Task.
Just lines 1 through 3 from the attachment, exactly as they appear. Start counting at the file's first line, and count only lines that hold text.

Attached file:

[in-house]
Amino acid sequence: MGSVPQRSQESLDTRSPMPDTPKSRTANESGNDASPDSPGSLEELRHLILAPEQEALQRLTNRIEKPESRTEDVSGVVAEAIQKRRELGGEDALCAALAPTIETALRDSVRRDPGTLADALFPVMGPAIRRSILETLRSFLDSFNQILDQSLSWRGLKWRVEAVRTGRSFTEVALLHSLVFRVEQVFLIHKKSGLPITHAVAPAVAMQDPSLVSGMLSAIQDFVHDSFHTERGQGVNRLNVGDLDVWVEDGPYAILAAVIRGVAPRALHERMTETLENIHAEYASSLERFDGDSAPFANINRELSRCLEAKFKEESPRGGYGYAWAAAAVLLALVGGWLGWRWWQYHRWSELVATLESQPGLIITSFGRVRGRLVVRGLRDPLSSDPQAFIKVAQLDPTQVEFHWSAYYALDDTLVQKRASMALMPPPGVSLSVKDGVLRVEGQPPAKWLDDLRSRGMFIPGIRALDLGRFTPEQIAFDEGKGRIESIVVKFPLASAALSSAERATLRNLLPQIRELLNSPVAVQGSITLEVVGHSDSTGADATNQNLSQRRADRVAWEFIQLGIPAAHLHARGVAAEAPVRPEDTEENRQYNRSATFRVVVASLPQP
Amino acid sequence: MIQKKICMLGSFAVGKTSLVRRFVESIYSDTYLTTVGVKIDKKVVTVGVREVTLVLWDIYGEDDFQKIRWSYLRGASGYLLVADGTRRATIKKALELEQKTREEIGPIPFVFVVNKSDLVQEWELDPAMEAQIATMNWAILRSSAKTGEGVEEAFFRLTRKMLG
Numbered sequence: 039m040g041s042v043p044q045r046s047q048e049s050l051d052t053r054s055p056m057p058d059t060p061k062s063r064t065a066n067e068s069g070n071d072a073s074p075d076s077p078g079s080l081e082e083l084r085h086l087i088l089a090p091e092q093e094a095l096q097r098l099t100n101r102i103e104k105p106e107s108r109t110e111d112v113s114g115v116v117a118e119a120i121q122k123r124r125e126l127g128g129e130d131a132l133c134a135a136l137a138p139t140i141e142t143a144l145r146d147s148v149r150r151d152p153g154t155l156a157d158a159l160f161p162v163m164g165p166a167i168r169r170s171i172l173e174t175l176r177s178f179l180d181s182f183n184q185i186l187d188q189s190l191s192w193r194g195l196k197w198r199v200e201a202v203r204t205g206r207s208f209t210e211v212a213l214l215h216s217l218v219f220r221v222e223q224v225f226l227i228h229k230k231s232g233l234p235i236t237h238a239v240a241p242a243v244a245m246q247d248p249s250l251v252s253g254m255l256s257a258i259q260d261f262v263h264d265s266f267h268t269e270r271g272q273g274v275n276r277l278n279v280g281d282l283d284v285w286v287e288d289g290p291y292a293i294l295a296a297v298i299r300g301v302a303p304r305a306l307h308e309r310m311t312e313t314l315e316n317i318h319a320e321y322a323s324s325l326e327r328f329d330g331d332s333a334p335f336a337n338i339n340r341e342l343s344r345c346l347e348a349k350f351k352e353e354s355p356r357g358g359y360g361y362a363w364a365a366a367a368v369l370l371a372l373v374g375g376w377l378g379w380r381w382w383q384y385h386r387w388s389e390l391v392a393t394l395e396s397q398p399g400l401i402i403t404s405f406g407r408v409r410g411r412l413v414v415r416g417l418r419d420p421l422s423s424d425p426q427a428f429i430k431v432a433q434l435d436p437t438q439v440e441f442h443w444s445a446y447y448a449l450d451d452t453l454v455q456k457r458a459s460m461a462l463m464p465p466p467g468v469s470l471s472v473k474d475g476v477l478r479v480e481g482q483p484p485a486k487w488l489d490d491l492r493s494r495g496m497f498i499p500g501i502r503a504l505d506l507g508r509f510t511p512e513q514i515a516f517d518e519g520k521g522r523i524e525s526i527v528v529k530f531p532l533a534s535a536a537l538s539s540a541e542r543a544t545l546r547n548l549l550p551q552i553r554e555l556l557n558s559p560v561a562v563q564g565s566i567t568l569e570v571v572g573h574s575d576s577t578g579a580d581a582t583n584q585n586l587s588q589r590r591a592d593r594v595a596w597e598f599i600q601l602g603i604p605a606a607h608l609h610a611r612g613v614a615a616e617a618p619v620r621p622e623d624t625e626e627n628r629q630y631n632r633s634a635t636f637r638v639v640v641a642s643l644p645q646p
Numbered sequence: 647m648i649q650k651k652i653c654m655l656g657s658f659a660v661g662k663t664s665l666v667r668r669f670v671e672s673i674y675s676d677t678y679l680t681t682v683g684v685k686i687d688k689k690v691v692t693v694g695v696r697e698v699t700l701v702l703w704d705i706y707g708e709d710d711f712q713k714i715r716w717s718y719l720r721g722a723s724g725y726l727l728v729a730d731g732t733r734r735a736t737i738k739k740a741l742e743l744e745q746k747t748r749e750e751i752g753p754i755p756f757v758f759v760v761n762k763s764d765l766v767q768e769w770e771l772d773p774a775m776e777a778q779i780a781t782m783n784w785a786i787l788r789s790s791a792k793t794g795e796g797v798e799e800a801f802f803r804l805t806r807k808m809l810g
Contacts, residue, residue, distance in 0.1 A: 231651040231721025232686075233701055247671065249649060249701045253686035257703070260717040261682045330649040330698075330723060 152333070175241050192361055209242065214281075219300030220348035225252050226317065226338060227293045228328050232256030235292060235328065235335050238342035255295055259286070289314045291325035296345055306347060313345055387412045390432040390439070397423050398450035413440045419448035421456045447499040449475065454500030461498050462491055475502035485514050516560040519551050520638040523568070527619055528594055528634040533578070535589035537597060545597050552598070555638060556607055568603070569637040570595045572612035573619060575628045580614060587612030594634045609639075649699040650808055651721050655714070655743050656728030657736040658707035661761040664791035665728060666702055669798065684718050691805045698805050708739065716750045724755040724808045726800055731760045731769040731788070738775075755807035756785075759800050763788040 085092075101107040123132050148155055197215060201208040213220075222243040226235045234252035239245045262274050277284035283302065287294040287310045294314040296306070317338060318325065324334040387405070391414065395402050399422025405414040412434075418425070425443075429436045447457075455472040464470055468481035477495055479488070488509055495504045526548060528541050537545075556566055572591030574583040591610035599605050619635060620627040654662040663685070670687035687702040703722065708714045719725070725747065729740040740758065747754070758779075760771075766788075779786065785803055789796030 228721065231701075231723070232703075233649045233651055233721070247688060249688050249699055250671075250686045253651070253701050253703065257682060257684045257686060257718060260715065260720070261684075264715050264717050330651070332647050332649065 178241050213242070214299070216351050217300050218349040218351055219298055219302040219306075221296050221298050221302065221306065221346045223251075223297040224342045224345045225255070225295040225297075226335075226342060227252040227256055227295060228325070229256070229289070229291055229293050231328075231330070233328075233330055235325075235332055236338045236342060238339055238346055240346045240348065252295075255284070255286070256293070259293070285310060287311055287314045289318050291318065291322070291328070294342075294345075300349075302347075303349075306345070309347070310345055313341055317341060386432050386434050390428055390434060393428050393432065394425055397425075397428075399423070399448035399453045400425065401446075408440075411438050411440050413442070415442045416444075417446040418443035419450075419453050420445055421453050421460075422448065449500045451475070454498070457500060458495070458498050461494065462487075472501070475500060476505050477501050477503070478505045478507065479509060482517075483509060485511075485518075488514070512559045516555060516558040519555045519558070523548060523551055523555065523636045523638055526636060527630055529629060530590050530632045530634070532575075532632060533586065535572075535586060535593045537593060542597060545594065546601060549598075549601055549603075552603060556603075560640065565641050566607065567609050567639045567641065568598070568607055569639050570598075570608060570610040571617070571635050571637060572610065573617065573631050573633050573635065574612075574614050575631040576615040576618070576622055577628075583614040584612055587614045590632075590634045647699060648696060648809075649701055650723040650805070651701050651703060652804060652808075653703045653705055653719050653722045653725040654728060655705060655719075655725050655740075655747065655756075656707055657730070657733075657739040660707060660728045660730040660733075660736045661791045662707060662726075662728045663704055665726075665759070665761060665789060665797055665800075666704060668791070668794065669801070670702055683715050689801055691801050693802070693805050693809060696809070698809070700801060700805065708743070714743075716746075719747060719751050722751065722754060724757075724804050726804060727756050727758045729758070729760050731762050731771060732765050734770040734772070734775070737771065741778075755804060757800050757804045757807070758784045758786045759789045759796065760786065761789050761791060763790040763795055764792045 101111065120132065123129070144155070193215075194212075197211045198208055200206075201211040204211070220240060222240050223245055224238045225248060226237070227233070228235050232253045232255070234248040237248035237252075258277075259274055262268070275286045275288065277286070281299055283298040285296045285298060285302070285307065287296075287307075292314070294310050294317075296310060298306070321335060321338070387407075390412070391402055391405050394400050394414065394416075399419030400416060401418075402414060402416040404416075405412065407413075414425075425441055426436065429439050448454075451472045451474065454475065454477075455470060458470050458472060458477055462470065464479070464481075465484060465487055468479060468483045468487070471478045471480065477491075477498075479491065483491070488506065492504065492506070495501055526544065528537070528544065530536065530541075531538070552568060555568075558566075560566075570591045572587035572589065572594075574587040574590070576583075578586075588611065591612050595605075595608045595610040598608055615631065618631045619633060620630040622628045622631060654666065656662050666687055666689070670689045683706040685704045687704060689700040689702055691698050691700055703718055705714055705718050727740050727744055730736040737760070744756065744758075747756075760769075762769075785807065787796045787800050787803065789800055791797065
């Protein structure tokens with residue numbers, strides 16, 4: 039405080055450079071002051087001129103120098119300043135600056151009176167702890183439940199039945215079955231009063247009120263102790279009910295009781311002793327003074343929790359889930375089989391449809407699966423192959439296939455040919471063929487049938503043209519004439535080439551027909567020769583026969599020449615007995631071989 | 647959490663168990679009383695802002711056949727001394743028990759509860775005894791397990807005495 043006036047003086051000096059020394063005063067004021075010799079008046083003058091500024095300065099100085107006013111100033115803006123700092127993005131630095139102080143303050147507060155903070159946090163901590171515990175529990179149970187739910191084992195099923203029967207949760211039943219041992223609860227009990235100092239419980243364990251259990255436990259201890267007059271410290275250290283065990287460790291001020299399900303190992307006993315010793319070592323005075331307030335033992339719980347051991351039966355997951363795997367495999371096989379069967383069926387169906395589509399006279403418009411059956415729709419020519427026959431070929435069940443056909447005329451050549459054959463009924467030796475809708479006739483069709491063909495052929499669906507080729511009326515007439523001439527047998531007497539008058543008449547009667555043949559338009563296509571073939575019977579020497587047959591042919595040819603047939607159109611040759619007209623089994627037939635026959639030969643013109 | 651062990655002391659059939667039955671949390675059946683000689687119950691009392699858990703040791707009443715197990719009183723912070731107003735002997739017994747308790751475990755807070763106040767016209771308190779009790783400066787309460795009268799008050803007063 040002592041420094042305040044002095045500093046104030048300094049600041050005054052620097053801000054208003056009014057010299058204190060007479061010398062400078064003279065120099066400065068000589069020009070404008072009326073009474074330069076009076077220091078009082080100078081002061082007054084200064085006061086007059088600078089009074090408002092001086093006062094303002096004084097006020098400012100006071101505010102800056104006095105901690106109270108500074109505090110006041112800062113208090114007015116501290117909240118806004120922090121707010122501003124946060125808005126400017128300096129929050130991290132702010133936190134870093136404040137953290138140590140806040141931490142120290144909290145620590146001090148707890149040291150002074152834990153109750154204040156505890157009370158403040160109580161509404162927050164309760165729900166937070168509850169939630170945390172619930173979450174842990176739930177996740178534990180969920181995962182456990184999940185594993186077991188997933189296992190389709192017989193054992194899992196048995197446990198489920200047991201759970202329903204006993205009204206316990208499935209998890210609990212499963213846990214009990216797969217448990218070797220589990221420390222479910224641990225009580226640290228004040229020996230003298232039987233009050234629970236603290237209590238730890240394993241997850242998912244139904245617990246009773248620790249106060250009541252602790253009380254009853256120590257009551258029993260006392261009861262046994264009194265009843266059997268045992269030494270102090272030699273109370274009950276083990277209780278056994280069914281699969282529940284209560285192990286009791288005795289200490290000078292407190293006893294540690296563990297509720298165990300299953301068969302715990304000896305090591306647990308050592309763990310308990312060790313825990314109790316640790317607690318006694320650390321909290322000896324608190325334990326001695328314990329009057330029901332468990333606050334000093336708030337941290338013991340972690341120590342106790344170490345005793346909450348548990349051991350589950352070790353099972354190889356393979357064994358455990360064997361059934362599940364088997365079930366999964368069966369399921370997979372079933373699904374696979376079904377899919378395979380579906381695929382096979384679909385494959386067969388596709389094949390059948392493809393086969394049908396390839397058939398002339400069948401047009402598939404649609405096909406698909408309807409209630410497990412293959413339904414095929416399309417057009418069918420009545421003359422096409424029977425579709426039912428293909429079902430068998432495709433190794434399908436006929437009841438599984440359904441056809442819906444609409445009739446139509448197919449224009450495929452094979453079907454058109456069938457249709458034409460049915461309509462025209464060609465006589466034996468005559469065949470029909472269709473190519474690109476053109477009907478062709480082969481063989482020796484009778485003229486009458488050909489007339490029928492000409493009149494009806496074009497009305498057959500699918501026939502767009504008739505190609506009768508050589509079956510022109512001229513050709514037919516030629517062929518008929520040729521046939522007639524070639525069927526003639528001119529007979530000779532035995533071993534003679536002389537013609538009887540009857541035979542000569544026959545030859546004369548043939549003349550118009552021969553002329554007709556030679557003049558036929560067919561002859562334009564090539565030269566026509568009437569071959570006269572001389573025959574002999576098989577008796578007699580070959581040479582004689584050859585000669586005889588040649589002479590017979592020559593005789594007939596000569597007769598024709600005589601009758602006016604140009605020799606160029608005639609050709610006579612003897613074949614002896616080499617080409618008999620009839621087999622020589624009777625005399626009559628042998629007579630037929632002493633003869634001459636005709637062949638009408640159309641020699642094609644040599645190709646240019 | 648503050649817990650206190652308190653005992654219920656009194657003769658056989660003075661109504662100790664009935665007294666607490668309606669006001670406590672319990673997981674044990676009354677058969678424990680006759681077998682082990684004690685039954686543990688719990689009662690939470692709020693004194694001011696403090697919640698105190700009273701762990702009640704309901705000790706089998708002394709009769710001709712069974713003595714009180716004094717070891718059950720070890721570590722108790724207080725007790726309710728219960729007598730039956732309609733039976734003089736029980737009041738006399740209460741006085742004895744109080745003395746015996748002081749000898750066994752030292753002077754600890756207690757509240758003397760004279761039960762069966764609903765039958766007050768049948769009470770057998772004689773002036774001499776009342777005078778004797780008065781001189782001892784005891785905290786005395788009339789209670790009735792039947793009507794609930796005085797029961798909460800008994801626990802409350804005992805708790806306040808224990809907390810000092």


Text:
[in-house]
Amino acid sequence: MGSVPQRSQESLDTRSPMPDTPKSRTANESGNDASPDSPGSLEELRHLILAPEQEALQRLTNRIEKPESRTEDVSGVVAEAIQKRRELGGEDALCAALAPTIETALRDSVRRDPGTLADALFPVMGPAIRRSILETLRSFLDSFNQILDQSLSWRGLKWRVEAVRTGRSFTEVALLHSLVFRVEQVFLIHKKSGLPITHAVAPAVAMQDPSLVSGMLSAIQDFVHDSFHTERGQGVNRLNVGDLDVWVEDGPYAILAAVIRGVAPRALHERMTETLENIHAEYASSLERFDGDSAPFANINRELSRCLEAKFKEESPRGGYGYAWAAAAVLLALVGGWLGWRWWQYHRWSELVATLESQPGLIITSFGRVRGRLVVRGLRDPLSSDPQAFIKVAQLDPTQVEFHWSAYYALDDTLVQKRASMALMPPPGVSLSVKDGVLRVEGQPPAKWLDDLRSRGMFIPGIRALDLGRFTPEQIAFDEGKGRIESIVVKFPLASAALSSAERATLRNLLPQIRELLNSPVAVQGSITLEVVGHSDSTGADATNQNLSQRRADRVAWEFIQLGIPAAHLHARGVAAEAPVRPEDTEENRQYNRSATFRVVVASLPQP
Amino acid sequence: MIQKKICMLGSFAVGKTSLVRRFVESIYSDTYLTTVGVKIDKKVVTVGVREVTLVLWDIYGEDDFQKIRWSYLRGASGYLLVADGTRRATIKKALELEQKTREEIGPIPFVFVVNKSDLVQEWELDPAMEAQIATMNWAILRSSAKTGEGVEEAFFRLTRKMLG